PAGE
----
# Add Color Thresholds to the Highest and 2nd Highest Values on a Scorecard

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It is common in manufacturing processing plants such as oil and gas refineries, to monitor the temperature trend in furnaces. Example in the refineries, the furnaces tube metal temperature (TMT) monitoring severity increases for dirty services such as crude distillation and coker units. Operation team uses this information to decide either to go for rate cut or feed rate skewing before the TMT reaching mechanical limits to prolong the run length. Upon reaching the limit, the furnace will be taken out-of-service by means of spalling or pigging, and consequently impacts the production rate.

Use case: The objective is to highlight the highest and the second highest temperature out of several temperatures in a matrix. Seeq enables users to build a matrix table (or Scorecard prior to R51) to highlight the temperature priority sequence by using a combination of functions and tools including max(), splice(), composite condition and scorecard metrics.

Step 1: Start by loading all of the signals we want to include in the matrix into the display.

Step 2: Use max() to look for the highest value signal at any time in the formula tool. Type in formula below into formula editor.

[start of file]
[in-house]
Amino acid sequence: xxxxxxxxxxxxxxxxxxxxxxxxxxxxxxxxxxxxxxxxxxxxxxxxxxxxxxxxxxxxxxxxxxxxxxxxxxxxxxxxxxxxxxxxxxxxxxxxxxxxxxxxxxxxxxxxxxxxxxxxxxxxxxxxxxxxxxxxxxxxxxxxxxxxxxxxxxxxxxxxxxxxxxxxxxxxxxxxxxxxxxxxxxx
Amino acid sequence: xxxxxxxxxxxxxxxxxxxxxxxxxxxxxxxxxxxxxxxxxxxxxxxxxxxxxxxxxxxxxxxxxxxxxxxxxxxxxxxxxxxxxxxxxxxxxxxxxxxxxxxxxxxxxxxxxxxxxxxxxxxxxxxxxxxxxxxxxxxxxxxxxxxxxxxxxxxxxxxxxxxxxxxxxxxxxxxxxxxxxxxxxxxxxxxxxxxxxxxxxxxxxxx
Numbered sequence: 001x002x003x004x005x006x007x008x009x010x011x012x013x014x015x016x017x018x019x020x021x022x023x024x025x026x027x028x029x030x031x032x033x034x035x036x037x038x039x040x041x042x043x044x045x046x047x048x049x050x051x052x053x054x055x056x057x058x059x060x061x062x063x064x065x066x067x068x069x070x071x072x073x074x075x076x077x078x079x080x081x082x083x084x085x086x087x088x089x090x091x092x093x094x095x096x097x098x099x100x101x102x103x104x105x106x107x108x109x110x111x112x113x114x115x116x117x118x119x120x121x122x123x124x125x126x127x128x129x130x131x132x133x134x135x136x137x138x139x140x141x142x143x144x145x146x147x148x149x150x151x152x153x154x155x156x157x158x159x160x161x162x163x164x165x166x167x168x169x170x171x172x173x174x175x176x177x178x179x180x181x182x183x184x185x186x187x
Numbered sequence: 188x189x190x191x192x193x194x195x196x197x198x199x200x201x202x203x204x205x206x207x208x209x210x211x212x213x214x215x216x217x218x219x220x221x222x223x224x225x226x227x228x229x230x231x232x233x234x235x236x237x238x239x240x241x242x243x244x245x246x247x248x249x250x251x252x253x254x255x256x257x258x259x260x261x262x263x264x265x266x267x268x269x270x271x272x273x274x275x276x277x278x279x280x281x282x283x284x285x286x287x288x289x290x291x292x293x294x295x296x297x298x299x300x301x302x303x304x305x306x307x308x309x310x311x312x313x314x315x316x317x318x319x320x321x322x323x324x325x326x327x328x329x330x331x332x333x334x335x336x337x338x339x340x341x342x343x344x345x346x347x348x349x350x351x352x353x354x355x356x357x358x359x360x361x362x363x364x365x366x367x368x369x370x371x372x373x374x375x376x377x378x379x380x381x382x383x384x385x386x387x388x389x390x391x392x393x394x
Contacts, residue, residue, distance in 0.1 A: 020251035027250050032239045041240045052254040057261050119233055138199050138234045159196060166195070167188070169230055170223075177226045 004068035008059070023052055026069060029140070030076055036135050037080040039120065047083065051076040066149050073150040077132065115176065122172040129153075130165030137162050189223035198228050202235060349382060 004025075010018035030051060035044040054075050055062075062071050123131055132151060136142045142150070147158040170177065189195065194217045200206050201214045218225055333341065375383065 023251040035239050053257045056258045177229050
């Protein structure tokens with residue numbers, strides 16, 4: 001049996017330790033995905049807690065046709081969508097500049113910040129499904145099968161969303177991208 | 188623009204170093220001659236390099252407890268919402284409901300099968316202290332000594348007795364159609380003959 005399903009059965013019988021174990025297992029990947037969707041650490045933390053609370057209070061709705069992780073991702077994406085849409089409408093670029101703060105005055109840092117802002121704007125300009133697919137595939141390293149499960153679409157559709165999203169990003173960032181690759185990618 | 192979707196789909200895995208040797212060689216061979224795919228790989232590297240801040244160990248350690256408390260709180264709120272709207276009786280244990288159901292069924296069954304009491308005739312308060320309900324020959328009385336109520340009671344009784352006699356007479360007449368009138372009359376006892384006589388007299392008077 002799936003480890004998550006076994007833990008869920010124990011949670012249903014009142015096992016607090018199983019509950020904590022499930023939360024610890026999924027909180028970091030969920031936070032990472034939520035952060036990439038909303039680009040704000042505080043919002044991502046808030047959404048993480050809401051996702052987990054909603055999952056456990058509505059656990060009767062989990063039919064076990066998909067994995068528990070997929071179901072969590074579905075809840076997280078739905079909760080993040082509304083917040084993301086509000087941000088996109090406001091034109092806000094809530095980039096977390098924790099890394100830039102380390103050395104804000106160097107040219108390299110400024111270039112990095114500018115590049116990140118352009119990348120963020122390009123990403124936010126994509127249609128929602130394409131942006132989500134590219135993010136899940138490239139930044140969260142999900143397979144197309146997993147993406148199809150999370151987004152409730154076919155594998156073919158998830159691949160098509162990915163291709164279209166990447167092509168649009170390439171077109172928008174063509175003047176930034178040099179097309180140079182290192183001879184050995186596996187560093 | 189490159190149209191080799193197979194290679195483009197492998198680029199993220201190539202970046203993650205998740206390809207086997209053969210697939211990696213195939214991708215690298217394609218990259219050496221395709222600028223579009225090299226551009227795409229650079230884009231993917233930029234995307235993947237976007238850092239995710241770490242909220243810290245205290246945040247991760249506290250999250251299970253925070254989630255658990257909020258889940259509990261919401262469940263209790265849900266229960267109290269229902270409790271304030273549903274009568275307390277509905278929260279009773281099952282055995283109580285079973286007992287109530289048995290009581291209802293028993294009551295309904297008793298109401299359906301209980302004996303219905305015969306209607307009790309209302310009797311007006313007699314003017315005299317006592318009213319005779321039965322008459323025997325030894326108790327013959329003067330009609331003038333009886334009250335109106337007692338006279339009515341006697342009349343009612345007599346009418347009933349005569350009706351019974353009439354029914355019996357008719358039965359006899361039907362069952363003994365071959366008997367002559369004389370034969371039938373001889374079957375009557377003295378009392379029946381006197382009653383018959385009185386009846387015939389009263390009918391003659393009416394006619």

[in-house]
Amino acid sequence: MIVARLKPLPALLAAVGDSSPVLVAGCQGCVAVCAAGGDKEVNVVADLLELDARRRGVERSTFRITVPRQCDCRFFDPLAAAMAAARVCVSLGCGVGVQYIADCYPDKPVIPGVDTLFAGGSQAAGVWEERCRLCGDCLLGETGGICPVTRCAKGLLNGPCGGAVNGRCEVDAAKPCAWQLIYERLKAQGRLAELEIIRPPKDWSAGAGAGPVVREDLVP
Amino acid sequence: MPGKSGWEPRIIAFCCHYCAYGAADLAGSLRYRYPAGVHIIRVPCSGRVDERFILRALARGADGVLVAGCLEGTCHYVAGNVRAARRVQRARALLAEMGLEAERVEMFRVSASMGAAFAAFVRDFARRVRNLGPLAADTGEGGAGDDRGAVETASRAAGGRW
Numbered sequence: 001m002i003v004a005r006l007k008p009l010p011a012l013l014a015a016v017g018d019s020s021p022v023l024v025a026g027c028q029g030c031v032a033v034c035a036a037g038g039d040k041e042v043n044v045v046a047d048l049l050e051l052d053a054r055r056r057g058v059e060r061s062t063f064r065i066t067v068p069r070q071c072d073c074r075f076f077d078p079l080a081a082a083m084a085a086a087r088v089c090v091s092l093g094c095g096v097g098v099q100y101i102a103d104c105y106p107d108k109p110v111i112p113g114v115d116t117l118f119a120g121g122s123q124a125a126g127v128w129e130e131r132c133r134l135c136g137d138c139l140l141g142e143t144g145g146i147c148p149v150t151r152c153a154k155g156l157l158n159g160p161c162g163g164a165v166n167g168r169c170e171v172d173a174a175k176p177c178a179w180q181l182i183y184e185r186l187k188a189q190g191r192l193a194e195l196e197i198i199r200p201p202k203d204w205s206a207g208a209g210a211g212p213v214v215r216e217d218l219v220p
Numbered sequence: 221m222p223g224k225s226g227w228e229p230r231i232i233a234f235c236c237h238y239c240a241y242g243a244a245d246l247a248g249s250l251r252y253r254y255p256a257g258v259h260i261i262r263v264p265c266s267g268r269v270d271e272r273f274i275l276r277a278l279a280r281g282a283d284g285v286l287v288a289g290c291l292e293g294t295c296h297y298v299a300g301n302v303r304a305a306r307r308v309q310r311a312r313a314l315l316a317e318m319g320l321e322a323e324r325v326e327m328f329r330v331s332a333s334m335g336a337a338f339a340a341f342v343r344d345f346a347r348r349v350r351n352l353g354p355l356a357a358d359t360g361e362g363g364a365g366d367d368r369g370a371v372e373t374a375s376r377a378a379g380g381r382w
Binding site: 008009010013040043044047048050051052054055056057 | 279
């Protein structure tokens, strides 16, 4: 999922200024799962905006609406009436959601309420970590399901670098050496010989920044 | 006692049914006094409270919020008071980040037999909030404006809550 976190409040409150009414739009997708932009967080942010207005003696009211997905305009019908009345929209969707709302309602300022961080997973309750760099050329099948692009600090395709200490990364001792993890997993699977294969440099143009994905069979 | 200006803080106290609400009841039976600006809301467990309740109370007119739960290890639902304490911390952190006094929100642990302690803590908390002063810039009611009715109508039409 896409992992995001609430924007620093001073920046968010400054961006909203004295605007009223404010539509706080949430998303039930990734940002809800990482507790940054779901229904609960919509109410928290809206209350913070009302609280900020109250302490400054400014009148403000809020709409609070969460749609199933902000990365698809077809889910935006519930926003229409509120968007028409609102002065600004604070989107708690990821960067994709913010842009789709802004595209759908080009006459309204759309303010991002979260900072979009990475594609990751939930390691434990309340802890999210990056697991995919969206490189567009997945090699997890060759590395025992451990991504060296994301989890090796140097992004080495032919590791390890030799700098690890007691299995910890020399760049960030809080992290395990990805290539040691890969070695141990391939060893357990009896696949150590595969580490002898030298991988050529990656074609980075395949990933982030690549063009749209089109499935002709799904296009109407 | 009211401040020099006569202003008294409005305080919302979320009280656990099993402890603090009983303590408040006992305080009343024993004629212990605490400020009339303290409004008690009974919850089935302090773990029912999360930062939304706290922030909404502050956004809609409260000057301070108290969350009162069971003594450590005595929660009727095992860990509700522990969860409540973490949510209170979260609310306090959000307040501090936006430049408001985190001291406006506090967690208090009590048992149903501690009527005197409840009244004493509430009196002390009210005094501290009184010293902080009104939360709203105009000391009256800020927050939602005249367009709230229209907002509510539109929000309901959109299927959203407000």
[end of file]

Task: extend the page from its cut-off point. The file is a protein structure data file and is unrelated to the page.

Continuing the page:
`\$t.max(\$t2).max(\$t3).max(\$t4).max(\$t5).max(\$t6).max(\$t7).max(\$t8)` Step 3: Create the second highest signal using splice() and composite condition.

To capture the second highest signal, we need first to exclude a signal with the highest temperature at any time and then identify the highest value out of the remaining seven signals.

To achieve that, use the highest temperature signal we created in step 2, we then create a condition when a signal reads the highest value, for each eight signals.

```//Which is the max
\$if_t1_is_the_max = \$t1 == \$max
\$if_t2_is_the_max = \$t2 == \$max
\$if_t3_is_the_max = \$t3 == \$max
\$if_t4_is_the_max = \$t4 == \$max
\$if_t5_is_the_max = \$t5 == \$max
\$if_t6_is_the_max = \$t6 == \$max
\$if_t7_is_the_max = \$t7 == \$max
\$if_t8_is_the_max = \$t8 == \$max```

Prior to looking for the max a second time, we must remove or replace the values from each of the signals when they are equal to the max. In this method, we will replace the highest signal values with zero using the splice function during the condition when that signal was the max. With these highest values replaced by zero (or removed), applying the same technique with the max function will yield the value of the second highest signal.

```//replace the max with 0
\$removing_the_max_value =
(\$t1.splice(0,\$if_t1_is_the_max))
.max(\$t2.splice(0,\$if_t2_is_the_max))
.max(\$t3.splice(0,\$if_t3_is_the_max))
.max(\$t4.splice(0,\$if_t4_is_the_max))
.max(\$t5.splice(0,\$if_t5_is_the_max))
.max(\$t6.splice(0,\$if_t6_is_the_max))
.max(\$t7.splice(0,\$if_t7_is_the_max))
.max(\$t8.splice(0,\$if_t8_is_the_max))
.toStep()

return
\$removing_the_max_value```

Step 4: Create Metric Threshold Limits

Subtract the highest signal by a fairly small value using Formula tool in order to use signal as a threshold limit. Repeat the step for second highest limit.

`\$max-0.001` Step 5: Create scorecard metric for each signal.

Create scorecards for all 8 signals, as an example we choose value at the end for statistic for daily condition and apply the threshold accordingly.

In the table view:

Do check this post by Nick. He used different approach to yield the maximum of three signals, and displayed signal string in a matrix table.

Edited by Azhar Ariffin
• 4

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